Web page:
One of the first things I look at when the NFL schedule is released each spring is the Thanksgiving matchup.
Or, in other words, I do a quick scan of the schedule to see who’s going to beat the Detroit Lions while I’m sucking down turkey and cranberry sauce.
The Lions are 0-7 in their last seven Thanksgiving games, and bashing their involvement in one of the Thursday national TV matchups has become as much a part of the holiday as stuffing and roasted squash.
But I have higher hopes for 2011.
Who knows who the up-and-coming Lions will match up against in that Turkey Day special, but with Calvin Johnson a year older, a healthy Matthew Stafford, a more experienced Jahvid Best and an improved defense led by Ndamukong Suh, I have to think they’ll put up a better fight.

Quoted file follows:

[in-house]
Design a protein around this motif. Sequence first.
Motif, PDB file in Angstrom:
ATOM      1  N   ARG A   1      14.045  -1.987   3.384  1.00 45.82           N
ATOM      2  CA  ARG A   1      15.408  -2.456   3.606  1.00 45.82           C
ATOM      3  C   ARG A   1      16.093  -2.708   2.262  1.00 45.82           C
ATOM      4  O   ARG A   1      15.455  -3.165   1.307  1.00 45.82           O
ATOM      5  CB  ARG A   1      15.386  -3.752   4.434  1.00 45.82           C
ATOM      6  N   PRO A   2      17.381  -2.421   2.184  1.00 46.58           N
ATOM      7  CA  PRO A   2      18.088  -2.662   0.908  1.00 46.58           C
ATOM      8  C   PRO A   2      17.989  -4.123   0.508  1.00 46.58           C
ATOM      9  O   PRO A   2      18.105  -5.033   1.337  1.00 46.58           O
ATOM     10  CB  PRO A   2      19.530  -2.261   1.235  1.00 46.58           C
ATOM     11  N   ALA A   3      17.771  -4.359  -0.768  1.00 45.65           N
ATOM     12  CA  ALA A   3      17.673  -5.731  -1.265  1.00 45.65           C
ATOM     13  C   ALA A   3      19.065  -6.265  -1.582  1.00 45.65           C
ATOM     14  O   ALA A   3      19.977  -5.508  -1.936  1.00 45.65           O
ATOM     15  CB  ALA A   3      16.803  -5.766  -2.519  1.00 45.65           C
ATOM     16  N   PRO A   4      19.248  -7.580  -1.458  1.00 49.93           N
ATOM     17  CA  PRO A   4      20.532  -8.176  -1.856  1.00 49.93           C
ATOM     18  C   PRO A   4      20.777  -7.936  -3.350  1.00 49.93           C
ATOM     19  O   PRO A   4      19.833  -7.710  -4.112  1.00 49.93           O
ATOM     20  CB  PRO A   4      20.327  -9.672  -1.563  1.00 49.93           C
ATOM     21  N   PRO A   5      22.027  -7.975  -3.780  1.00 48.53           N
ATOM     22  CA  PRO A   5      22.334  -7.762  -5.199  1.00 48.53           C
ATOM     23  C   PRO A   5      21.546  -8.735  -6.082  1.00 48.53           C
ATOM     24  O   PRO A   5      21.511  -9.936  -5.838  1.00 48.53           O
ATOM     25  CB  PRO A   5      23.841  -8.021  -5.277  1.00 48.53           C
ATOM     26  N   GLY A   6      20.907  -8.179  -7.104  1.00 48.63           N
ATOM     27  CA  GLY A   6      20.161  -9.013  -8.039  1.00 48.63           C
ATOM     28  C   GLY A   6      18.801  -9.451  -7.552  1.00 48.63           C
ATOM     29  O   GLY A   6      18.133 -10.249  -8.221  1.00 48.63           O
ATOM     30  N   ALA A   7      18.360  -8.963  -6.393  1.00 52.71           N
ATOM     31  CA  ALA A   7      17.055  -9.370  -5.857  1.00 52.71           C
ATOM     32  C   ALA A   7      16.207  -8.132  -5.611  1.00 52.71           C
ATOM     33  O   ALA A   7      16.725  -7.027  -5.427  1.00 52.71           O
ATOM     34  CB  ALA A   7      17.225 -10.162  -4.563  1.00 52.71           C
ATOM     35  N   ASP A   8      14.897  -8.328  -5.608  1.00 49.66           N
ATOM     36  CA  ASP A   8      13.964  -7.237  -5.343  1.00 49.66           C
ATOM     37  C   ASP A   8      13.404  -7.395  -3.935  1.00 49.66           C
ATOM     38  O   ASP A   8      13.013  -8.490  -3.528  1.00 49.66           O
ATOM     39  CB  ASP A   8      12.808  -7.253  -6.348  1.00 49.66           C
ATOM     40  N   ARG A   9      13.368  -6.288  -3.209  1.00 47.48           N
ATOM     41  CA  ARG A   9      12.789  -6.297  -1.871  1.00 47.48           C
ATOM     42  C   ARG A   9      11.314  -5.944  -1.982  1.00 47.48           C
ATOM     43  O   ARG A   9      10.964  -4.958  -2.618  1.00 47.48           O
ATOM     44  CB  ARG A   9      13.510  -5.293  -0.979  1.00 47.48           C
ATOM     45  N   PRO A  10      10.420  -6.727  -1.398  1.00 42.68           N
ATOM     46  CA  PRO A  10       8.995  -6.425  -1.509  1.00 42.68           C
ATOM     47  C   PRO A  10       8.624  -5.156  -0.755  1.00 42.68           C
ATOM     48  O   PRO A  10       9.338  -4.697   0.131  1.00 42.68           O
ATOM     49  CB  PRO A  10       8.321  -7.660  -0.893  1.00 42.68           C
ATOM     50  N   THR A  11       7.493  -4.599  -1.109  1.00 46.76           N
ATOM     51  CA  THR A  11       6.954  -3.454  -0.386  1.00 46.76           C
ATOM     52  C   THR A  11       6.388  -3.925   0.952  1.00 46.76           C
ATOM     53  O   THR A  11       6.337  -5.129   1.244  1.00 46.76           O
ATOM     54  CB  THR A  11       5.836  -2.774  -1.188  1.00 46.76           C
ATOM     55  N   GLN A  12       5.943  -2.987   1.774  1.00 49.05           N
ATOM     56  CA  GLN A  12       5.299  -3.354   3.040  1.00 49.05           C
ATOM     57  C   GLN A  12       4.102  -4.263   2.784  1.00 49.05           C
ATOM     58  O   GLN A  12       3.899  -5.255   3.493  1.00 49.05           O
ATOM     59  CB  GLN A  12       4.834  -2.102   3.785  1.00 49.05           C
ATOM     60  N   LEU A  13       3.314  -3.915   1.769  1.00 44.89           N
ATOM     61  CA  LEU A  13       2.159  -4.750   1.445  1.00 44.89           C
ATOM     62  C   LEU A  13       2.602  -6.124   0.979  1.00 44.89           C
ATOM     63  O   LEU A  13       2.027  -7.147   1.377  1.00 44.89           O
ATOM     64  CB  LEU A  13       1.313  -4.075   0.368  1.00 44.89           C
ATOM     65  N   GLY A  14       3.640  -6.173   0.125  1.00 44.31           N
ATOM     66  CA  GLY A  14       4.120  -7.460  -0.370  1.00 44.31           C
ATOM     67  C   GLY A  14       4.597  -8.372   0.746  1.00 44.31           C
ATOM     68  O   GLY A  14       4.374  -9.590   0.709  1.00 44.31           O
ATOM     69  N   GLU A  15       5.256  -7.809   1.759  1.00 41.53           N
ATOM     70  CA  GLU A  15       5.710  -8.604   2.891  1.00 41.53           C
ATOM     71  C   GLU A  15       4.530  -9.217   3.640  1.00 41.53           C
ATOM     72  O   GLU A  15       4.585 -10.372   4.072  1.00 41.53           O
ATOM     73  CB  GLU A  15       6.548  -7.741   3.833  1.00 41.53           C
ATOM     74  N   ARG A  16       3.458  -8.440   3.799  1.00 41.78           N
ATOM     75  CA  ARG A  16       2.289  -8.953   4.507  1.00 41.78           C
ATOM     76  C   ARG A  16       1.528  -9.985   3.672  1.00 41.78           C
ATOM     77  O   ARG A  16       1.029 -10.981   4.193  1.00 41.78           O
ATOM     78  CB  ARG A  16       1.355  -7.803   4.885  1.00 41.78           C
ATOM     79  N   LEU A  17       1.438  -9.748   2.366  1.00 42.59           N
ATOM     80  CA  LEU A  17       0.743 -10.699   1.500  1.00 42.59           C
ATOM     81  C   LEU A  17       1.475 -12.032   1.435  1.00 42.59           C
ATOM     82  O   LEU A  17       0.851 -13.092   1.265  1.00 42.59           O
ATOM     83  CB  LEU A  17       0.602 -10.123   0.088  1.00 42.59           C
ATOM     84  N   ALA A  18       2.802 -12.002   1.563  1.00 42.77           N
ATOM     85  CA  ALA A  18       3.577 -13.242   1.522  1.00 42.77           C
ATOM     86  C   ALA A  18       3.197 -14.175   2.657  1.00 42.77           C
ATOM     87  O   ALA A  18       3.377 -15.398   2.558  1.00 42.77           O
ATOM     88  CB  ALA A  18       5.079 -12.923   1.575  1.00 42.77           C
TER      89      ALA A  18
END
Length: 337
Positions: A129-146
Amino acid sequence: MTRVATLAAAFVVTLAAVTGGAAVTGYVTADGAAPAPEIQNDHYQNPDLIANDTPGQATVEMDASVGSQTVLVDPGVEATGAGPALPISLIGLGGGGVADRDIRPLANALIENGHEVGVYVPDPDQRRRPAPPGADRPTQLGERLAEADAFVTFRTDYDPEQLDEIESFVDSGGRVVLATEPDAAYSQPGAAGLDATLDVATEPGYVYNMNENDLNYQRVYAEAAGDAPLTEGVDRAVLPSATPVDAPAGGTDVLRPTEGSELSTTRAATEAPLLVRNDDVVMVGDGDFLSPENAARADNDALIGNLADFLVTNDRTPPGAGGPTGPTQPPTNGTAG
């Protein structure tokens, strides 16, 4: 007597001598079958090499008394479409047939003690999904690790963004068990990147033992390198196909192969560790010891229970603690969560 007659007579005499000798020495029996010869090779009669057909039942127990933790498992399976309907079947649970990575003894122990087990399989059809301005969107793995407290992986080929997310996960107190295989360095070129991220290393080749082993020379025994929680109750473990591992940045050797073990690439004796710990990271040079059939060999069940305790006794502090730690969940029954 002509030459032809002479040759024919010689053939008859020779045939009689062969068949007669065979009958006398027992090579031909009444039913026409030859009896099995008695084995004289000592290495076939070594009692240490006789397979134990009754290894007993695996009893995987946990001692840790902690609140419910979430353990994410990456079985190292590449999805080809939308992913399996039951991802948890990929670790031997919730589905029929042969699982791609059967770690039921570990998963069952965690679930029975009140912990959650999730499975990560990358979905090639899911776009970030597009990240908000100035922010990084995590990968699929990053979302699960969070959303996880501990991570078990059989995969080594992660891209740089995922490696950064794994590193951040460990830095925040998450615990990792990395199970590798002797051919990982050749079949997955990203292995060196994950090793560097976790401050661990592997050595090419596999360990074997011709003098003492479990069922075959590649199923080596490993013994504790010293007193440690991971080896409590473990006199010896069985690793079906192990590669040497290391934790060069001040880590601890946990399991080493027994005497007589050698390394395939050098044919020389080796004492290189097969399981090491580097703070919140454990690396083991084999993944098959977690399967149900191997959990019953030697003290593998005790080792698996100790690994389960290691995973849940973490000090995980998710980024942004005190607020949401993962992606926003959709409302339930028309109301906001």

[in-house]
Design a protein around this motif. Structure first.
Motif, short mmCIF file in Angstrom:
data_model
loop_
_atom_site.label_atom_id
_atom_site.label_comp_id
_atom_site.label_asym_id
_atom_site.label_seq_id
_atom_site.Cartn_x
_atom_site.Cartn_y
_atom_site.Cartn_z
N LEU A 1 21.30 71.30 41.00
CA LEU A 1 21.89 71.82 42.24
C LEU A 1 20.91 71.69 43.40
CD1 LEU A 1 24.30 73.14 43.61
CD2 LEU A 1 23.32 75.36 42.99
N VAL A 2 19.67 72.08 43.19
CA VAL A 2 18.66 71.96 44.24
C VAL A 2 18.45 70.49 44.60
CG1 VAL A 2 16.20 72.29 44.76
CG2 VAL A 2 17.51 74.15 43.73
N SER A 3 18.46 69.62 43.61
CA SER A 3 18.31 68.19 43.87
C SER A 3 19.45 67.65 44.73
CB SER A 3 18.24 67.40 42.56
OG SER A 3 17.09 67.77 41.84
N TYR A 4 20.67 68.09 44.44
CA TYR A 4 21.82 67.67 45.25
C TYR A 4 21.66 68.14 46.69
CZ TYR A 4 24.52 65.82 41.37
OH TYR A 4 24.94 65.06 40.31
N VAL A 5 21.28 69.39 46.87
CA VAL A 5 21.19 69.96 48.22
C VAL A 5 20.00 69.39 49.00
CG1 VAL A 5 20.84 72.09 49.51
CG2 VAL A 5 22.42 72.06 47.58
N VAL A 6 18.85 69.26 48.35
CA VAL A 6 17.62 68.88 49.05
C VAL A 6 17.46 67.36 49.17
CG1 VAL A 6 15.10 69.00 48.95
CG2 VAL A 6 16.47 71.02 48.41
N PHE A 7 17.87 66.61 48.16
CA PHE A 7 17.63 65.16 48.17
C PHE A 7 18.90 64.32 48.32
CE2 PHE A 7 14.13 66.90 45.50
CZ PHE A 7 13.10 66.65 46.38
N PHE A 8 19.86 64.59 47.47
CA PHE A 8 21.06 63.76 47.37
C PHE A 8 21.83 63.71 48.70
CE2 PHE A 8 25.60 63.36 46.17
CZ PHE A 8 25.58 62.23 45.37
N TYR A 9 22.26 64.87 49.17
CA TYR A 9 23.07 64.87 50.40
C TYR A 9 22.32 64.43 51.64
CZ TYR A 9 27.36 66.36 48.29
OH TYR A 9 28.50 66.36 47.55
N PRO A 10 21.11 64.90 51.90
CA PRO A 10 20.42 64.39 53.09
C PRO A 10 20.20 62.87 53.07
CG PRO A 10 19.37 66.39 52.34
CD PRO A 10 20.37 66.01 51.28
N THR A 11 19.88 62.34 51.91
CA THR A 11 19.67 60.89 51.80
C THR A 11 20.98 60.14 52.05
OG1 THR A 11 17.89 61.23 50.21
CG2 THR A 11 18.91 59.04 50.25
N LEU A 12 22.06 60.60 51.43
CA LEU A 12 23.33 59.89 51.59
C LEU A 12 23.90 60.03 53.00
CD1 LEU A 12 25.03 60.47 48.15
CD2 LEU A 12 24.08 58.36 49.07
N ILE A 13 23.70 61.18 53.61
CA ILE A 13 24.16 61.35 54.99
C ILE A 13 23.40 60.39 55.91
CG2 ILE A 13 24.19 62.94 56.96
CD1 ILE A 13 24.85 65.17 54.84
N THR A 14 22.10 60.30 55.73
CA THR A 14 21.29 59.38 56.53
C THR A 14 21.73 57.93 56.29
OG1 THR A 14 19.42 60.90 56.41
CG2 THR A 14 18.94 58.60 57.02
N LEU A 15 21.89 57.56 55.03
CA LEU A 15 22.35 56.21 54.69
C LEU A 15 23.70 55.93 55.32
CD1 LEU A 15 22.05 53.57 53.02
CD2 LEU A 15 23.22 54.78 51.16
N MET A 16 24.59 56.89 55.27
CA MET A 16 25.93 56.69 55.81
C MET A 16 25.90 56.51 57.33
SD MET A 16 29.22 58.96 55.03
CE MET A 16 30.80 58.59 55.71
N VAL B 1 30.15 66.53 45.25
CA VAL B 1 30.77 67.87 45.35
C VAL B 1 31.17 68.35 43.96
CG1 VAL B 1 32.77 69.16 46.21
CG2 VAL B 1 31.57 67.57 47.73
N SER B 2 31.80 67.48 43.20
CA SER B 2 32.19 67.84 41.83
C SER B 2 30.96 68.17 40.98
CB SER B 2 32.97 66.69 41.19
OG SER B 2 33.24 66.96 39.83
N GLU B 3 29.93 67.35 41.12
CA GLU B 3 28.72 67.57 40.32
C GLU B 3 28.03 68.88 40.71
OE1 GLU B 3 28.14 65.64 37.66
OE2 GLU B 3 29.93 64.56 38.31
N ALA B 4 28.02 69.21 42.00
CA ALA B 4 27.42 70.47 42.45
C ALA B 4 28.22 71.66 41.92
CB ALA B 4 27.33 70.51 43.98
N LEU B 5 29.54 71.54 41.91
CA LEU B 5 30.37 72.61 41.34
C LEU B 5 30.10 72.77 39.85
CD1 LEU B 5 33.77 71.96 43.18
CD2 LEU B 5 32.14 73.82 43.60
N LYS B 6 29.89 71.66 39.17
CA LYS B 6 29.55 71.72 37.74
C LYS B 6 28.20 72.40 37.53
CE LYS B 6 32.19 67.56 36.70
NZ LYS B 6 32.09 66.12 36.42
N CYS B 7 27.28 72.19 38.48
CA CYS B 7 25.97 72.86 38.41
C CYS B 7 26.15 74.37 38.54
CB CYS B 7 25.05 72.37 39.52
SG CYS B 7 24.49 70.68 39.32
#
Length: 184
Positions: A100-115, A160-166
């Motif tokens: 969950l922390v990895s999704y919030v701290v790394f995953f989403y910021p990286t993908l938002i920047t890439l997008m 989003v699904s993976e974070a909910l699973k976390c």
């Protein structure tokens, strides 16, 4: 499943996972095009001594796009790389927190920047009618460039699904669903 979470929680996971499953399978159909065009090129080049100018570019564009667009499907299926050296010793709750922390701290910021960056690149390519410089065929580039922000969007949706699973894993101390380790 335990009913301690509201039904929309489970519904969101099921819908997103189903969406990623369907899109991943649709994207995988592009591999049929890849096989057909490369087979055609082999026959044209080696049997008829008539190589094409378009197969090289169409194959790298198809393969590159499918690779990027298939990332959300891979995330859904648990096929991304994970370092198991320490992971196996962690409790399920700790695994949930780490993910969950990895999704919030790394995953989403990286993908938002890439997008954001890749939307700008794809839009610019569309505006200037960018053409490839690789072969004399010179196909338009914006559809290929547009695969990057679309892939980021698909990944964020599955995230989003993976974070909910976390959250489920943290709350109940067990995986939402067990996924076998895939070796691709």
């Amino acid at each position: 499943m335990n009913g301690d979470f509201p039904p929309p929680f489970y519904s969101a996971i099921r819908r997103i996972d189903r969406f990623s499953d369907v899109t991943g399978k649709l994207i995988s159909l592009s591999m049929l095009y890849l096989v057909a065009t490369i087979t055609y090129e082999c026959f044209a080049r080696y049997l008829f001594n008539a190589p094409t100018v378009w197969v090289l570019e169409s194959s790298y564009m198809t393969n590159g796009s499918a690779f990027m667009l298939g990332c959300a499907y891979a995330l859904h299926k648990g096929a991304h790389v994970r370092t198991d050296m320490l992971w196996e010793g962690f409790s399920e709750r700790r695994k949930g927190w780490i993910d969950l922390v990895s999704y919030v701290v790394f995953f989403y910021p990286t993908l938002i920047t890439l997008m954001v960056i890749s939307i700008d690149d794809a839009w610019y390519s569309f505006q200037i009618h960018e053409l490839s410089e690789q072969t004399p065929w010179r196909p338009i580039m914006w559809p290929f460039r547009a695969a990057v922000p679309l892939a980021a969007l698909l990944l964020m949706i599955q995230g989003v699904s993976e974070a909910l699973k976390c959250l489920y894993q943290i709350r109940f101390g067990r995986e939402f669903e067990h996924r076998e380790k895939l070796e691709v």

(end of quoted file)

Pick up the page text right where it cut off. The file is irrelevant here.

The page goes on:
Even ESPN.com’s wonderfully talented LZ Granderson, an admitted Lions fan, suggested that his team should lose the right to host the Thanksgiving game back in 2009, a day before the Lions lost 34-12 to the Green Bay Packers:
"Fact is, no team that has won only one playoff game in 52 years should be a marquee holiday game on network television just because that's the way it's always been—not if the goal is to keep people excited about football."
But what if they’re an up-and-coming team with a chance at competing for a playoff spot? Couldn’t that be a fun way to spend your Turkey Day?
Or look at it this way: A Lions game on Thanksgiving will certainly be easier to digest this year than that roasted squash.